Things turned sour for the Corn Refiners Association (CRA) yesterday when the U.S. Food and Drug Administration denied its request to rename high-fructose corn syrup as “corn sugar.” Why? According to the FDA, sugar is a solid, dried and crystallized food. High-fructose corn syrup? Not so much. Turns out it has a pesky viscous problem that makes it a syrup, not a sugar. Oh, and by the way, says the FDA, the term “corn sugar” was claimed in the marketplace 30 years ago by dextrose. For those who have a hereditary fructose intolerance, they rely on the term to identify foods they can eat. Sorry!
The news immediately sparked dueling press releases between the CRA and the Sugar Association, which have been locked in a fierce lawsuit over whether or not fructose and glucose qualify as just plain old sugar, and whether or not the CRA is misleading consumers with its marketing campaign.
“[The FDA’s action] reaffirms what most consumer advocates, health experts and policy officials have been saying all along: only sugar is sugar. HCFS is not sugar. The next step is for the federal court to end the CRA’s misleading propaganda campaign,” says the Sugar Association.
But Audrae Erickson, president of the CRA, only conceded that the FDA denied their request on “narrow technical grounds” and said in her statement that the agency did not address “the overwhelming scientific evidence that high fructose corn syrup is a form of sugar and is nutritionally the same as other sugars.”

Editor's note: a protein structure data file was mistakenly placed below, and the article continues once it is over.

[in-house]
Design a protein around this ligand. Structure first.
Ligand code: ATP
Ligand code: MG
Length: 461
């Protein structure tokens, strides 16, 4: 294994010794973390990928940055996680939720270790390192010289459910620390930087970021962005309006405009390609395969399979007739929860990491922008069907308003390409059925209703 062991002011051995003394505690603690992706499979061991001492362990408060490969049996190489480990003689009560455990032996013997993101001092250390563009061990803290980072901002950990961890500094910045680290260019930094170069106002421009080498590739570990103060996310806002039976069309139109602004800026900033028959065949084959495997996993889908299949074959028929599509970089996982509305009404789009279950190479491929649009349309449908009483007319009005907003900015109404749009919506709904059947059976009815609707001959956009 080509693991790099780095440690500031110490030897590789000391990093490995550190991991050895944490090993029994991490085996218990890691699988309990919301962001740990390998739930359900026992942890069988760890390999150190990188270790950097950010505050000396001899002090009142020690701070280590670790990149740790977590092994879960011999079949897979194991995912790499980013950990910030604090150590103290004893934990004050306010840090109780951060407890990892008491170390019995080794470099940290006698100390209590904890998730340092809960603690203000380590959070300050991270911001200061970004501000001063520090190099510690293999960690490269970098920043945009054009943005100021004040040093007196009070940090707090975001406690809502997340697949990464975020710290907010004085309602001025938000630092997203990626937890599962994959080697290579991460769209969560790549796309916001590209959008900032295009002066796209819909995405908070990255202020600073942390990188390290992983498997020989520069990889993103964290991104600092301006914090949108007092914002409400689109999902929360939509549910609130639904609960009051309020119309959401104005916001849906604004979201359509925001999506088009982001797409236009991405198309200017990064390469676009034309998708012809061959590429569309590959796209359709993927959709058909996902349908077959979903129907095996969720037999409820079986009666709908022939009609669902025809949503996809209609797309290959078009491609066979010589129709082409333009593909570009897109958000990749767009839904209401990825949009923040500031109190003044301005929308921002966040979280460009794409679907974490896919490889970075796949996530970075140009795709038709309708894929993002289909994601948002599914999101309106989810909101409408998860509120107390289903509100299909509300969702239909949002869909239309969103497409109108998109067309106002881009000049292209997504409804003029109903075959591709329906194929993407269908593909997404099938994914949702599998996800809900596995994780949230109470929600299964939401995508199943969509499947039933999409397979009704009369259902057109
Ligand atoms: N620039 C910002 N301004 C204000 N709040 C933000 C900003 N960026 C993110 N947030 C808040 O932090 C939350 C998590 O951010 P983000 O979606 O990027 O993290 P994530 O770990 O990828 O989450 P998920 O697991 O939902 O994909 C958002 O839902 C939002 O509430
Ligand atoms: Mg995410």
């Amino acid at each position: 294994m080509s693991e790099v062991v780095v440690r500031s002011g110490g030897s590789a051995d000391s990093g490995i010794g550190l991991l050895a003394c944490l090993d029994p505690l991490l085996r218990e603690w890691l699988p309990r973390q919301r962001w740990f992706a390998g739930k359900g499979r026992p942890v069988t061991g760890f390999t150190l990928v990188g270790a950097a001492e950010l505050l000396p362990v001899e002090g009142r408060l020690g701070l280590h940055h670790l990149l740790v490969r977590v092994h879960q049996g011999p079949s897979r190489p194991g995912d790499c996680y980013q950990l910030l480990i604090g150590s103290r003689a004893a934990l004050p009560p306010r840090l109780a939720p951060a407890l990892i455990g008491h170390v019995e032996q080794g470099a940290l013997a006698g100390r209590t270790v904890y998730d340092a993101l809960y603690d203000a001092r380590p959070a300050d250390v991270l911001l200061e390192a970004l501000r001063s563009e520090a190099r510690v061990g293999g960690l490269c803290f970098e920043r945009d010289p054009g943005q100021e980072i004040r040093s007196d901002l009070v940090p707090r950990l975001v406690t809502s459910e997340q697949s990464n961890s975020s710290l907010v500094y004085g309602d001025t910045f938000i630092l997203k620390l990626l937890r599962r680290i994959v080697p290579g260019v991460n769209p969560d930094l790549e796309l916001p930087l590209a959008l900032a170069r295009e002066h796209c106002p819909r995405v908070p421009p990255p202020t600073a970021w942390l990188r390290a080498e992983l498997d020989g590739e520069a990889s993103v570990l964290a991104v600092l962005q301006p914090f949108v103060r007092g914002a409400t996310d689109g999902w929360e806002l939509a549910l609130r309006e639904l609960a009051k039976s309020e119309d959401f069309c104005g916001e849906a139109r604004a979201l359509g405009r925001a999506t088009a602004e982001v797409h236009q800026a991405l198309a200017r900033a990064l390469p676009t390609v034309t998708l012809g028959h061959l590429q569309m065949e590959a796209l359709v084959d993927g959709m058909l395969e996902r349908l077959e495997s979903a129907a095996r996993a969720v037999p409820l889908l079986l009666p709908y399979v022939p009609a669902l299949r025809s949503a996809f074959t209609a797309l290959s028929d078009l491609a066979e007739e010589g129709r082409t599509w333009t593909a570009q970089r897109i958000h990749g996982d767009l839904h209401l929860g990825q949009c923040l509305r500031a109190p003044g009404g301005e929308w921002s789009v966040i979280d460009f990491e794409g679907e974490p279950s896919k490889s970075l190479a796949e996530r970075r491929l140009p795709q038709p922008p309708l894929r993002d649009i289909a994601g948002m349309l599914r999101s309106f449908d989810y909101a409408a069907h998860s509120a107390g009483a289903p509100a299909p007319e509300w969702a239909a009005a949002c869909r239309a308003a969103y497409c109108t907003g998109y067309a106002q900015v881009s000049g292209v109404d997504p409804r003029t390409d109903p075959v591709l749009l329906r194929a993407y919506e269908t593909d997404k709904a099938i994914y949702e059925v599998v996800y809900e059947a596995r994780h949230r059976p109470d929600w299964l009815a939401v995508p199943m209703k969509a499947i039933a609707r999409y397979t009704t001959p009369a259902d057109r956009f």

Neither side of the sugar war is an innocent bystander. The call to action over our nation’s obesity epidemic has long been sounded, yet the Sugar Association’s website continues to claim sugar’s contribution to obesity is overstated, and the “rash of inaccurate reports about all-natural sugar” were amplified by CRA’s multimillion-dollar advertising campaign. While the CRA points to “consumer confusion” over HFCS as one of the reasons it petitioned the FDA for a name change, some of that confusion stretches all the way back to 2008, with the association’s own “Changing the Conversation about High Fructose Corn Syrup” campaign, which, in the end, did little to clear up the sweetener’s tainted image.
What’s clear is when muddled definitions of sucrose, glucose, and fructose get batted around, consumers often end up the losers. We like nutrition expert Marion Nestle’s explanation back in December best:
“Sucrose is glucose and fructose linked together. HFCS is glucose and fructose separated. Both are sugars (note: plural). Sucrose is extracted from sugar beets and cane in a series of boiling, extracting, and cleaning steps. HFCS does the same from corn, but uses one more enzyme, so it is somewhat less “natural,” but so what?
“Both are sugars and empty calories, and everyone would be better off eating less of both.”
Indeed. Sadly, this bitter fight over something sweet isn’t going away any time soon.
Do you agree or disagree with the FDA’s decision?